Illinois public school funding a step closer with veto override votes

SHARE Illinois public school funding a step closer with veto override votes

Gov. Bruce Rauner gives a student a high five after signing education funding reform bill SB 1947 at Ebinger Elementary School, Thursday afternoon, Aug. 31, 2017. File Photo.| Ashlee Rezin/Sun-Times

Illinois’ public schools are a giant step closer to getting their share of state money under a new funding formula as a legislative hurdle fell Wednesday.

The Senate and House both voted to override an amendatory veto Gov. Bruce Rauner signed in early January because he wanted to include more private schools in a new tax-credit scholarship program included in the public school funding law.

Rauner’s sudden change of heart threatened to delay the distribution of billions in funding to the state’s 800-plus school districts.

The House voted 90-18 Wednesday, the Senate 28-17. The votes mean that the Illinois State Board of Education can proceed with figuring out how much each district across the state is due.

Downstate Sen. Andy Manar, D-Bunker Hill, an architect of the school funding reform legislation, urged his colleagues to agree to “the smallhandful of technical changes” to the bill containing the formula that now sends new money for K-12 education first to the poorest school districts.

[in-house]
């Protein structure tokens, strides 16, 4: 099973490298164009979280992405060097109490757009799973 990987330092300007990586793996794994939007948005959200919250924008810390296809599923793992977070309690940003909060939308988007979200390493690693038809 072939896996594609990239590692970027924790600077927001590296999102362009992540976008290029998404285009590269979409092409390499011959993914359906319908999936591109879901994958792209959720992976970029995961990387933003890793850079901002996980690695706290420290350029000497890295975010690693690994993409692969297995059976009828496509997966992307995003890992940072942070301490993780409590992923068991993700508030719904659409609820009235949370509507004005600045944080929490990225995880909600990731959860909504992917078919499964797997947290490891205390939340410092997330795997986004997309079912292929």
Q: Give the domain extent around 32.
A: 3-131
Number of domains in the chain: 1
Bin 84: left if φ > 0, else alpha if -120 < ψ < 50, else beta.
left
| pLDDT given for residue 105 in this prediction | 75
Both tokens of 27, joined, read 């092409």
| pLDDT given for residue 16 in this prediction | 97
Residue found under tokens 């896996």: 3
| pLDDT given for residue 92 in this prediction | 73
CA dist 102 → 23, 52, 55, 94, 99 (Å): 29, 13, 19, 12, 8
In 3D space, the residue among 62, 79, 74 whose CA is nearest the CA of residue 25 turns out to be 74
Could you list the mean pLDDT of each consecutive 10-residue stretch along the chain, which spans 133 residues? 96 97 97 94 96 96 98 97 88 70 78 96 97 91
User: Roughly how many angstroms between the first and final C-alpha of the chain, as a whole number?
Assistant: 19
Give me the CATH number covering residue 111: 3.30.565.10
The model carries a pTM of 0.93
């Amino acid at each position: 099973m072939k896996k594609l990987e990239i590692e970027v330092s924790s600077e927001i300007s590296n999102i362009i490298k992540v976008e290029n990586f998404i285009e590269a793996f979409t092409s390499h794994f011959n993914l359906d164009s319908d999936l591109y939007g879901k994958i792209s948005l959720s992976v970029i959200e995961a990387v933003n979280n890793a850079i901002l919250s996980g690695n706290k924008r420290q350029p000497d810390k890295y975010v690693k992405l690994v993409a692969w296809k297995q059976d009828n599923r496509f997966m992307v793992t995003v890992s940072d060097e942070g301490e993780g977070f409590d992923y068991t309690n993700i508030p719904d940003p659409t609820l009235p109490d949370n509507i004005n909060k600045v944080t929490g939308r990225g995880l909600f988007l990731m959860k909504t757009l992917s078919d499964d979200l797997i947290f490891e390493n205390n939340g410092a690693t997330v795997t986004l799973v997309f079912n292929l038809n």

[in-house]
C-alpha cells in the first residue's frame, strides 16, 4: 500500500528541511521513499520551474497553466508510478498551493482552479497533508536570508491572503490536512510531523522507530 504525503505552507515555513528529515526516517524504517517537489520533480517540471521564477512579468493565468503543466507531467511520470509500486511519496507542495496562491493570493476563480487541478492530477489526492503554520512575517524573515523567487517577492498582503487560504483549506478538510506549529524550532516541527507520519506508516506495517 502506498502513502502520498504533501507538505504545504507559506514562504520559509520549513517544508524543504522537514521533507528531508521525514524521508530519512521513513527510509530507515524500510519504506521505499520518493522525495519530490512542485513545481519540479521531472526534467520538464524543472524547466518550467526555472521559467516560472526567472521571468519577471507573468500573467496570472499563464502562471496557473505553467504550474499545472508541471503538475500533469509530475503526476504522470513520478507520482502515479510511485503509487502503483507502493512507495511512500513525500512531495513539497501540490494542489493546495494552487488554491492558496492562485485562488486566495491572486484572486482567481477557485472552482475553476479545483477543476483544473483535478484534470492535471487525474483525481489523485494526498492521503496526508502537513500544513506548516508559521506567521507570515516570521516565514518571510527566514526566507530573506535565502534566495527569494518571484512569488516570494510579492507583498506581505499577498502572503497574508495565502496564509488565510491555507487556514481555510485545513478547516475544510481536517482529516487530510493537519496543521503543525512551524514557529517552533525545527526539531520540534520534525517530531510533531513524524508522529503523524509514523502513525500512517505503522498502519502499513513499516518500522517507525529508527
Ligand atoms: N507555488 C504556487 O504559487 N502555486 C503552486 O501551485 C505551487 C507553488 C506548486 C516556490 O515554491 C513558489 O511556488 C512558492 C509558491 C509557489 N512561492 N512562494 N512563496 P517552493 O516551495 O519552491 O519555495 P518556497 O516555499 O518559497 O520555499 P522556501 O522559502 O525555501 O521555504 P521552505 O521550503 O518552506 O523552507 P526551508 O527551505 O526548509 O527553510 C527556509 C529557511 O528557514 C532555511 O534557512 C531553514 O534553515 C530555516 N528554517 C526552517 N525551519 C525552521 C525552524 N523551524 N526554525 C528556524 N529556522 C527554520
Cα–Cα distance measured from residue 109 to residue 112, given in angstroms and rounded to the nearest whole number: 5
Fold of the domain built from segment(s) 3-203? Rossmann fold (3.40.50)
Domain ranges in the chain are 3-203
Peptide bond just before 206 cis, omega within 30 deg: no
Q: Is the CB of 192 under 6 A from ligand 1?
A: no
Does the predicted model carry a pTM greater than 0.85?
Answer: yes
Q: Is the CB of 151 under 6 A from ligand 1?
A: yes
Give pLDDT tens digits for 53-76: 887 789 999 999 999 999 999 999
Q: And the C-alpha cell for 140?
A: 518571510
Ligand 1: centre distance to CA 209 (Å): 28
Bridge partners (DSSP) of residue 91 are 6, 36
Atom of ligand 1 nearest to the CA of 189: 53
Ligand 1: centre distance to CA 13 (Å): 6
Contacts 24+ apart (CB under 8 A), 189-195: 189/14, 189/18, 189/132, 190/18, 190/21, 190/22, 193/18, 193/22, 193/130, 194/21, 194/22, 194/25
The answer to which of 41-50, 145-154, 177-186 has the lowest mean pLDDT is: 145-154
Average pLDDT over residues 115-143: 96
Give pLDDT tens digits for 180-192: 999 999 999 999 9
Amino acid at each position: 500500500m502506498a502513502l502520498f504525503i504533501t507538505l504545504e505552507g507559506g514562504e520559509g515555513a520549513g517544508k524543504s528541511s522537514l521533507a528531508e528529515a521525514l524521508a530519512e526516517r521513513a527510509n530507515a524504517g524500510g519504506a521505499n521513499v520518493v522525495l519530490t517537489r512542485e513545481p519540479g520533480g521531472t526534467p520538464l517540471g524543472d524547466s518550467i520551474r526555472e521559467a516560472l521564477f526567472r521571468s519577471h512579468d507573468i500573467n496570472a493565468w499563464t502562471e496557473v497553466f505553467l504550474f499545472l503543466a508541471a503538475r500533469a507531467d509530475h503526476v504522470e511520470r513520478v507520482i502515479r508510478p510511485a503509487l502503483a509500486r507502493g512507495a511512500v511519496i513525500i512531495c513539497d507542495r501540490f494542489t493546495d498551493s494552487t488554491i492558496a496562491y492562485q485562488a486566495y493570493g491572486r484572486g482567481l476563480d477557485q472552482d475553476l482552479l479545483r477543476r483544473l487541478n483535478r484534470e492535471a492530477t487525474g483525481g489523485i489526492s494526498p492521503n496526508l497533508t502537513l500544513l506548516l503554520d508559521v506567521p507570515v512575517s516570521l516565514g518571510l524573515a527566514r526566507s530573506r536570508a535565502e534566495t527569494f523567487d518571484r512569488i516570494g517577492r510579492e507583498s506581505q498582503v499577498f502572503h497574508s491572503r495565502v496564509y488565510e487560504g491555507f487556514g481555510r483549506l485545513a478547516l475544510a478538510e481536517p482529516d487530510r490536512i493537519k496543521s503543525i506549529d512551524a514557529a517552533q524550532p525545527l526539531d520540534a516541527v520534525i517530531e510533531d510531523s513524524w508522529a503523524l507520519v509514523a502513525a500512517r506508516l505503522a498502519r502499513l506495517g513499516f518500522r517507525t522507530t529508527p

“This is simply implementing the bill that was agreed to,” Manar said during a brief discussion on the Senate floor.

Funding is likely to arrive at school districts in April. It will be distributed according to each district’s needs and ability to fund those needs.

“ISBE staff are continuing to finalize tier funding calculations,” spokeswoman Jackie Matthews said.

Though the Republican governor signed the bill containing the private school benefit, he later issued an amendatory veto after he determined that it left out too many schools, many of them in Chicago.

But late last week, Rauner agreed to some administrative changes to the tax credit scholarship program that would expand the list of eligible schools to include several Chicago-based Catholic schools. Basically the fix allows private schools more time to get recognized by ISBE, a requirement of accepting the scholarships funded by $75 million in tax credits to donors.

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